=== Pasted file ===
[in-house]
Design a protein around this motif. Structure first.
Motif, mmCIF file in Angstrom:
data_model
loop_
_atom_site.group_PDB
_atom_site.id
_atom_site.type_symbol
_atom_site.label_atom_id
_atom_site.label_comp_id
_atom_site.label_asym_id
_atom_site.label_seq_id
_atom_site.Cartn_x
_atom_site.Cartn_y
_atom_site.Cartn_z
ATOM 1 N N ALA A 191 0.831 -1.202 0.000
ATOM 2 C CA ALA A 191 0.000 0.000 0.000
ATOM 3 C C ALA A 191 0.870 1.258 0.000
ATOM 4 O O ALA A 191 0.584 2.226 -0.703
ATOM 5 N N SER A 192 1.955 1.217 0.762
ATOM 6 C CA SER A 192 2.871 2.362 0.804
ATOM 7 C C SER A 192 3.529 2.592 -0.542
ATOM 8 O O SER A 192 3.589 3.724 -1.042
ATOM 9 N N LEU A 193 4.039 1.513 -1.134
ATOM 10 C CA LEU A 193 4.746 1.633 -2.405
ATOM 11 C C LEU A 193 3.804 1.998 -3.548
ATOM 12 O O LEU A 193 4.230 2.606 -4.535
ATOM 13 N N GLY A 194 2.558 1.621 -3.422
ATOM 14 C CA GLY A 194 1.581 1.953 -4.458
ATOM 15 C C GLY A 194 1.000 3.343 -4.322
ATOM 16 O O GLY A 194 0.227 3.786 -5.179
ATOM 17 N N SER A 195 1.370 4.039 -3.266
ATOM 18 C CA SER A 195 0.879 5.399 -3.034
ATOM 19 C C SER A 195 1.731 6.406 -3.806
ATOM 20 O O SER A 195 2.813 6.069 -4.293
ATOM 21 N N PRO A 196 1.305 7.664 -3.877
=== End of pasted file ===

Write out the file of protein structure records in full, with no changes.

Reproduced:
[in-house]
Design a protein around this motif. Structure first.
Motif, mmCIF file in Angstrom:
data_model
loop_
_atom_site.group_PDB
_atom_site.id
_atom_site.type_symbol
_atom_site.label_atom_id
_atom_site.label_comp_id
_atom_site.label_asym_id
_atom_site.label_seq_id
_atom_site.Cartn_x
_atom_site.Cartn_y
_atom_site.Cartn_z
ATOM 1 N N ALA A 191 0.831 -1.202 0.000
ATOM 2 C CA ALA A 191 0.000 0.000 0.000
ATOM 3 C C ALA A 191 0.870 1.258 0.000
ATOM 4 O O ALA A 191 0.584 2.226 -0.703
ATOM 5 N N SER A 192 1.955 1.217 0.762
ATOM 6 C CA SER A 192 2.871 2.362 0.804
ATOM 7 C C SER A 192 3.529 2.592 -0.542
ATOM 8 O O SER A 192 3.589 3.724 -1.042
ATOM 9 N N LEU A 193 4.039 1.513 -1.134
ATOM 10 C CA LEU A 193 4.746 1.633 -2.405
ATOM 11 C C LEU A 193 3.804 1.998 -3.548
ATOM 12 O O LEU A 193 4.230 2.606 -4.535
ATOM 13 N N GLY A 194 2.558 1.621 -3.422
ATOM 14 C CA GLY A 194 1.581 1.953 -4.458
ATOM 15 C C GLY A 194 1.000 3.343 -4.322
ATOM 16 O O GLY A 194 0.227 3.786 -5.179
ATOM 17 N N SER A 195 1.370 4.039 -3.266
ATOM 18 C CA SER A 195 0.879 5.399 -3.034
ATOM 19 C C SER A 195 1.731 6.406 -3.806
ATOM 20 O O SER A 195 2.813 6.069 -4.293
ATOM 21 N N PRO A 196 1.305 7.664 -3.877